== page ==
Chin State is all mountains, and its people are mostly slash and burn subsistence farmers. Every year, the able-bodied of each village spend months cutting down acres of forest using nothing more than hatchets. Substantial logs are hatcheted into smaller pieces to be used for cooking and heating. Smaller branches are left behind, and in March, hillsides are burned to clear the land. Then, either corn or rice are planted, but the soil can only sustain one year’s corp. So the next year, more forests have to be cut.
Depleted cropland slowly turns back into forest and topsoil is rejuvenated, ready to be used again for a single year of farming 25 to 30 years later. The Chin people have been repeating this cycle for as long as anyone can remember.
Below are two photos that illustrate what they refer to as “shifting cultivation.” In the first photo, the red arrow is pointing at a distant hilltop village of about 30 homes. The blue arrow is pointing at forest recently cleared, waiting to be burned and planted in March. In the second photo, I zoomed in so you could better see that same village, and in on the slopes in the foreground, you can see former cropland that is slowly turning back into forest.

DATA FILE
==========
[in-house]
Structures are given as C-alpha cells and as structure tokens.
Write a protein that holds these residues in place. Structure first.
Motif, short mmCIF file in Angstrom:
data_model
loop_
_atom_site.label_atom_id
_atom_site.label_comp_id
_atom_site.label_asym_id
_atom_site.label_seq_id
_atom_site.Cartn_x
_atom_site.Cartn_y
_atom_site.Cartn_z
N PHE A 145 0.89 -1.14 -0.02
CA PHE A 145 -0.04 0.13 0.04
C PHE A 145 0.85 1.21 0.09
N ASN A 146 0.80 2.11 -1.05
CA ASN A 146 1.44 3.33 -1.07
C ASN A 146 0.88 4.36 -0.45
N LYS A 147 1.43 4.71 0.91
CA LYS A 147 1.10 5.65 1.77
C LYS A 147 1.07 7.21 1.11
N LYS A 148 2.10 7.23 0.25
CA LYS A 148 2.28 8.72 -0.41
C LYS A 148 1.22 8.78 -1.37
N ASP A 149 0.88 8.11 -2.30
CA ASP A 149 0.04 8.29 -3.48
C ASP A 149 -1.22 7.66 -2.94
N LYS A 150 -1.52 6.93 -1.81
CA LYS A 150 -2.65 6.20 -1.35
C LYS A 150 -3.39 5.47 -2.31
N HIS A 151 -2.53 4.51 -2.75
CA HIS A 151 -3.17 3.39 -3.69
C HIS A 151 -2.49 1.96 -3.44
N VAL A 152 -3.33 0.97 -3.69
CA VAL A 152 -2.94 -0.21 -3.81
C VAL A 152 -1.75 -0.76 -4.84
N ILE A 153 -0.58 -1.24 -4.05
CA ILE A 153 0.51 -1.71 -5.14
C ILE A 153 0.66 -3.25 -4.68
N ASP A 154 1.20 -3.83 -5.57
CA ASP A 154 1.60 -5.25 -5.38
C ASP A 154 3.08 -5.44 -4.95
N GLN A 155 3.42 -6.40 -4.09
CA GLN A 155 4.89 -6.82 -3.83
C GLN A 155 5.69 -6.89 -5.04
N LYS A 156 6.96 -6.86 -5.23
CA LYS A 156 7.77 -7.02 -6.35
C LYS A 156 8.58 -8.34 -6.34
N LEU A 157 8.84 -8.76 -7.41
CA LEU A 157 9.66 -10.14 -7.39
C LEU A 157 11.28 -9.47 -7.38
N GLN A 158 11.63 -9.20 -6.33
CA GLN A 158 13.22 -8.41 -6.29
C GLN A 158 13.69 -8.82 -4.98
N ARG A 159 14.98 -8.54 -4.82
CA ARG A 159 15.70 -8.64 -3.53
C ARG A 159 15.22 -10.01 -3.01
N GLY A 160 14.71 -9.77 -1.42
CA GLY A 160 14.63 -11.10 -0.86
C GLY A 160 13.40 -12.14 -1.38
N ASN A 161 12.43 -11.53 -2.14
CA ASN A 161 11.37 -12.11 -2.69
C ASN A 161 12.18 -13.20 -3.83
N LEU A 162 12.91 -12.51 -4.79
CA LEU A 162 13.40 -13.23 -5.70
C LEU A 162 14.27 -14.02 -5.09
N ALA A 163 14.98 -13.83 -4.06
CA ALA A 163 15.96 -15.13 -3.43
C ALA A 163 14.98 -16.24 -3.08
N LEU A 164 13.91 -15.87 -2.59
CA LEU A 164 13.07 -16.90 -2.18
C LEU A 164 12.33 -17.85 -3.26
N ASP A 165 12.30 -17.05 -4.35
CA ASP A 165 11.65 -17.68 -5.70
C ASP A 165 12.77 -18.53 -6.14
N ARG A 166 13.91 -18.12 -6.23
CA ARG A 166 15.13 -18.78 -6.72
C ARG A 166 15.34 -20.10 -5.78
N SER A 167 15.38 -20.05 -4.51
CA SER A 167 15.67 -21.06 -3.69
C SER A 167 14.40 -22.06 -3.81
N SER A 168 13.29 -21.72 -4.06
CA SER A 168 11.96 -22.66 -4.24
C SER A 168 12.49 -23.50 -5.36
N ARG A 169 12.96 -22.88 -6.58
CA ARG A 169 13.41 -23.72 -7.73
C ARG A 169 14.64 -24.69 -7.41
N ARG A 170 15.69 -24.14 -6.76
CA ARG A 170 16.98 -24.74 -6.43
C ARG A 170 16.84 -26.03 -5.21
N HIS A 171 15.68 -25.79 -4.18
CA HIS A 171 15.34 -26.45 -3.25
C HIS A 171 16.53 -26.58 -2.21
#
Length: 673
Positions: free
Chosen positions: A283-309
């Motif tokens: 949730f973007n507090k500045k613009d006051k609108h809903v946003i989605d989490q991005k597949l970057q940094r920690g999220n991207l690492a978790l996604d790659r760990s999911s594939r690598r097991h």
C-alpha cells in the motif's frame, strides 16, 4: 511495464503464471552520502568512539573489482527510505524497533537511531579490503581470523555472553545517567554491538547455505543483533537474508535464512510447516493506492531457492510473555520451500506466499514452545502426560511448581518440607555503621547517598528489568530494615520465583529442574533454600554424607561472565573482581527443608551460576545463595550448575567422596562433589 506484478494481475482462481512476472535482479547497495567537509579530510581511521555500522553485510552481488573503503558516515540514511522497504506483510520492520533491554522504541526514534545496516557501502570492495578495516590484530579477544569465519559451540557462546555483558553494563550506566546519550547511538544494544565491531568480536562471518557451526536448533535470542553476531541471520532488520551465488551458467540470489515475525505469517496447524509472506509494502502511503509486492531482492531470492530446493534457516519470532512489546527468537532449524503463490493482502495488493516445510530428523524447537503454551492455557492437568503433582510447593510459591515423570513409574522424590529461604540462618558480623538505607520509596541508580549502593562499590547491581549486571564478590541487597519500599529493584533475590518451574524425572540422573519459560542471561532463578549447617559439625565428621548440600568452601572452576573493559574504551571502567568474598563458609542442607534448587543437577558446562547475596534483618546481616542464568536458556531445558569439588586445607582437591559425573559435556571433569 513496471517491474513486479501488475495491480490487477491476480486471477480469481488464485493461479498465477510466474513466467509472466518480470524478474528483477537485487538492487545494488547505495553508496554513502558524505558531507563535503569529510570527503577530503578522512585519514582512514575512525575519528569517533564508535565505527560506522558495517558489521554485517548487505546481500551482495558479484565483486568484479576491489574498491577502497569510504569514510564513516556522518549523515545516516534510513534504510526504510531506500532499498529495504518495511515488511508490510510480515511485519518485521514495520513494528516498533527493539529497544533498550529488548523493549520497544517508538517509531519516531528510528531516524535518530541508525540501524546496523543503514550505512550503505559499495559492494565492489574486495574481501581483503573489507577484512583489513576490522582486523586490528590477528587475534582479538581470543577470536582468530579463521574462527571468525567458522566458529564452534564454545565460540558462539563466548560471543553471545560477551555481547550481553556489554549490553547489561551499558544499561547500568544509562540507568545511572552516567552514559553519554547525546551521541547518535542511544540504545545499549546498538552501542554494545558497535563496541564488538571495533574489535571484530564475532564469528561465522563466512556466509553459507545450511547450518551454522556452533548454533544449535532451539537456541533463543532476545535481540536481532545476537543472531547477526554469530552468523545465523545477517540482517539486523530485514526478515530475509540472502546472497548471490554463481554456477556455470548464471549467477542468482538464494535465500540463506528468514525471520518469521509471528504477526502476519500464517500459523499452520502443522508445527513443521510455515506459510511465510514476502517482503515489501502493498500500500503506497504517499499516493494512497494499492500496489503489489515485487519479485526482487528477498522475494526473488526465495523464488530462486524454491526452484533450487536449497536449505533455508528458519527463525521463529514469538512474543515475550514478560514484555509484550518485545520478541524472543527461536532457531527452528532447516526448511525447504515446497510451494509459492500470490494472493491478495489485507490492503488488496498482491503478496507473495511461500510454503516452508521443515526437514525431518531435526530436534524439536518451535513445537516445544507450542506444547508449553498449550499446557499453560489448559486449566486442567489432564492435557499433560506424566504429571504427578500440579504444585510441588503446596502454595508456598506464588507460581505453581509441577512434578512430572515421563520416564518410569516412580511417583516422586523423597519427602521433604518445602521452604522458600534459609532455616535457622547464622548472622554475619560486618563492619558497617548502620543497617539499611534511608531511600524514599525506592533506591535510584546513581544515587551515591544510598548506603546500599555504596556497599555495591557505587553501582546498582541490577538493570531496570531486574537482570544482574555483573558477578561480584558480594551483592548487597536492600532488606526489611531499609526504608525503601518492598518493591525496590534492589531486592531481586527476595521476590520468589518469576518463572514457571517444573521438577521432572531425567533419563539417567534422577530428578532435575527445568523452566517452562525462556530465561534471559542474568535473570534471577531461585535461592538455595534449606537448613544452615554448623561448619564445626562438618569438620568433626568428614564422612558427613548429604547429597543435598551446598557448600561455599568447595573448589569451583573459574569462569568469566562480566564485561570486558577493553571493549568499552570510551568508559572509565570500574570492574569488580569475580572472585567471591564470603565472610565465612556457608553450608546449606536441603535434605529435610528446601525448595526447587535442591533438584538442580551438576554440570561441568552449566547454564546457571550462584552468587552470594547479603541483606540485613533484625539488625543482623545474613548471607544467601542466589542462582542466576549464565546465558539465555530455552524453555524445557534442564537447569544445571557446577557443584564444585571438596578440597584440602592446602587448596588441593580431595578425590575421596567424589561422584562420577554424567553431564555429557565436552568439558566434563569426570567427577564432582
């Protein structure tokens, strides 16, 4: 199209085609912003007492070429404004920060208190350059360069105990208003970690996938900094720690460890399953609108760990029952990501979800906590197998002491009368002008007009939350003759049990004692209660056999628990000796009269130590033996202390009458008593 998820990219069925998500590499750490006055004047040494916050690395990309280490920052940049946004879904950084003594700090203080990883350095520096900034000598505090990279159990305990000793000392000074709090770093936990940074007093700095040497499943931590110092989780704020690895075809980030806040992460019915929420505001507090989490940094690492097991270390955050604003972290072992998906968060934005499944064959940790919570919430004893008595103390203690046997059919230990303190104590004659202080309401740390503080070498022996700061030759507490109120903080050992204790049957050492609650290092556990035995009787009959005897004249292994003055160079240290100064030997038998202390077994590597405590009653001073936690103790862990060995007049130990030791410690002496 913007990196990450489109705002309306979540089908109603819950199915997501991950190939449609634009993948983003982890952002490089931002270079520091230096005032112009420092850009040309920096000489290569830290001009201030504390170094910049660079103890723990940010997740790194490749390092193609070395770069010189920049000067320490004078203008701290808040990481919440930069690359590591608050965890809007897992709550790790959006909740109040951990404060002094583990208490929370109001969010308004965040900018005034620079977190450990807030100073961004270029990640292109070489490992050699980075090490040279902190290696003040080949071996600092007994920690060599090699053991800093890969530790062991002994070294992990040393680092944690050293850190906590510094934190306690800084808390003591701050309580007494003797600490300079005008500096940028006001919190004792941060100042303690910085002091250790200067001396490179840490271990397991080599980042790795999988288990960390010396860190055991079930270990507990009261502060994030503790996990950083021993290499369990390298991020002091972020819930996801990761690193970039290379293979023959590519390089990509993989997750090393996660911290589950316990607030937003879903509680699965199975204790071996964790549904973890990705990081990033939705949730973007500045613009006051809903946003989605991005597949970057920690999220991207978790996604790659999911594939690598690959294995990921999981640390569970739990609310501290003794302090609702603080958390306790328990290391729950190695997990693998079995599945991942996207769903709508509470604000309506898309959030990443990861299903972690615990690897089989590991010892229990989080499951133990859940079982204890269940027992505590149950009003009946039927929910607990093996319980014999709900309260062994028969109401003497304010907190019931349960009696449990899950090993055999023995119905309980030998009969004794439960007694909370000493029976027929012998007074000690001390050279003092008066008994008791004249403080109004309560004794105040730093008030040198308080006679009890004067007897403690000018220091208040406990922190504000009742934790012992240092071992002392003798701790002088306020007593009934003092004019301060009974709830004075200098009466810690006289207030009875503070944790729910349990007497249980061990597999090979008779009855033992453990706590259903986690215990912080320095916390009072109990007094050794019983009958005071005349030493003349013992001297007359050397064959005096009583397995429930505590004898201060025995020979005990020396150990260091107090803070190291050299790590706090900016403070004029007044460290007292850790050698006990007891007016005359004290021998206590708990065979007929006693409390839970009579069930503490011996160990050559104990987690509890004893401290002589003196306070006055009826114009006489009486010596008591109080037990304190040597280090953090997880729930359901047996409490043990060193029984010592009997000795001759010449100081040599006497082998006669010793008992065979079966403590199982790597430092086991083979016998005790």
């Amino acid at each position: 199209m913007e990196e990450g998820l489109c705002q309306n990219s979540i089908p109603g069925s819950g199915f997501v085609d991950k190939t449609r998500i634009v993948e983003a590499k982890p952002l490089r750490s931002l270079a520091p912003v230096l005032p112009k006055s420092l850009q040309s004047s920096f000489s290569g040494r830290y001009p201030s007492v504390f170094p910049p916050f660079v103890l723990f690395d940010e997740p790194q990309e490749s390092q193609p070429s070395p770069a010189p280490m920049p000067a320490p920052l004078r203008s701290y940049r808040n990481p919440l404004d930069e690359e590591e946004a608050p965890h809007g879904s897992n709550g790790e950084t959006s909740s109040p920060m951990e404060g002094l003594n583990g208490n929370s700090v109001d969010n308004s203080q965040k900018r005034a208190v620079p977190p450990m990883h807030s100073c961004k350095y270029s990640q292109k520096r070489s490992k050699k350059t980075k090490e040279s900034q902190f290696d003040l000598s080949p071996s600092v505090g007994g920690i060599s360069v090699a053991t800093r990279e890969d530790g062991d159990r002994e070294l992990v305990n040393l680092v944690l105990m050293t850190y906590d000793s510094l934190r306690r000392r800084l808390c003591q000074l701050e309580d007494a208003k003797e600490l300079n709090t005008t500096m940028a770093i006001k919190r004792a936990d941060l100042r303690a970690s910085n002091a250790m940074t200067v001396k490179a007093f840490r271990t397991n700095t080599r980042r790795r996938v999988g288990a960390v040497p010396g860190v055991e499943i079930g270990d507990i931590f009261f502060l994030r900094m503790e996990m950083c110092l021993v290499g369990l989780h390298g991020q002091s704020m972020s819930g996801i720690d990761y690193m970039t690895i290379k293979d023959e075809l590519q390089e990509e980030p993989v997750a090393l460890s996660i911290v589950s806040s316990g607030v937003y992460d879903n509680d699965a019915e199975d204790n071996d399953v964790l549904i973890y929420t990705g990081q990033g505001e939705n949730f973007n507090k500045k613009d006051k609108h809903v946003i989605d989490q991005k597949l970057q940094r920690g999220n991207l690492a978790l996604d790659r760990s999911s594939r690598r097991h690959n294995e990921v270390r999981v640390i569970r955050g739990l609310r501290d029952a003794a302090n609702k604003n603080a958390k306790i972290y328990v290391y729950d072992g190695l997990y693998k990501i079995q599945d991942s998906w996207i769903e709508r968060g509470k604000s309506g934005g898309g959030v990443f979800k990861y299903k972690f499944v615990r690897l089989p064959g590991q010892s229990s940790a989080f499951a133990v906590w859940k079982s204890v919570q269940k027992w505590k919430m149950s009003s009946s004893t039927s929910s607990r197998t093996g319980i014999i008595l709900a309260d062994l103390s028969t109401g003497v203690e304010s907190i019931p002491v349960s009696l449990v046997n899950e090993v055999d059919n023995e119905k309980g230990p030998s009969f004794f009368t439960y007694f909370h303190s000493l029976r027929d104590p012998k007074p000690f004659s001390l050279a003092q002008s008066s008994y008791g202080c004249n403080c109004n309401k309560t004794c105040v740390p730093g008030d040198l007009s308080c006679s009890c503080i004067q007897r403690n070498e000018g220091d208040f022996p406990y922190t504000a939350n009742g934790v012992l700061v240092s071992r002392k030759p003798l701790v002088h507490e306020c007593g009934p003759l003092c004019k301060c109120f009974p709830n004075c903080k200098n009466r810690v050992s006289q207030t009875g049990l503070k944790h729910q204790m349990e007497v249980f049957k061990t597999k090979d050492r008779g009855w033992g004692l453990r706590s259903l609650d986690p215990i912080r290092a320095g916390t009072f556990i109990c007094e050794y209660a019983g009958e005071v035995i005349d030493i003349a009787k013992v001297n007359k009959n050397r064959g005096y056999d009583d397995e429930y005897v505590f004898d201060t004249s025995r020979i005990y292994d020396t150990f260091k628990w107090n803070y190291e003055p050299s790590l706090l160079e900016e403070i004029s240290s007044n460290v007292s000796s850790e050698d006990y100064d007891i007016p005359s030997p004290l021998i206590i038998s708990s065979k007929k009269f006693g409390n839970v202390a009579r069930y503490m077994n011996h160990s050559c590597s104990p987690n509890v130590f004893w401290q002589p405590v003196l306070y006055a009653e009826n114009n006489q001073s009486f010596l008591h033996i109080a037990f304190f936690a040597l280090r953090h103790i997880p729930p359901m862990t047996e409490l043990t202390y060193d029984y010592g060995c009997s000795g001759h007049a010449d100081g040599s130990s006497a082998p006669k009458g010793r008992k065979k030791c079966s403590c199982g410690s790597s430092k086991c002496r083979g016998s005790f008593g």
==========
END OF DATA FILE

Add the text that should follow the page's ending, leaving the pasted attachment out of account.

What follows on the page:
In the three villages I’ve visited today (where there are a total of 137 families and 10 churches), everyone has told me how this year’s rice harvest has been poor due to drought, and they don’t have enough stored rice to carry them to next year’s harvest. So we’ll be providing rice banks for them (a concept I’ll share more about in a future blog).
We’ve already, however, made 32 loans of $100 to $200 in two of these villages, and villagers are excited about their soon-coming profits in pigs, ginger, peanuts and sunflower seeds. In other villages where we began offerings micro-loans a few years ago, profits from cash crops have been so good that most everyone has stopped “shifting cultivation.”
I spent the better part of the day visiting borrowers in their humble homes and listening to their stories. Below are some of their portraits, with captions.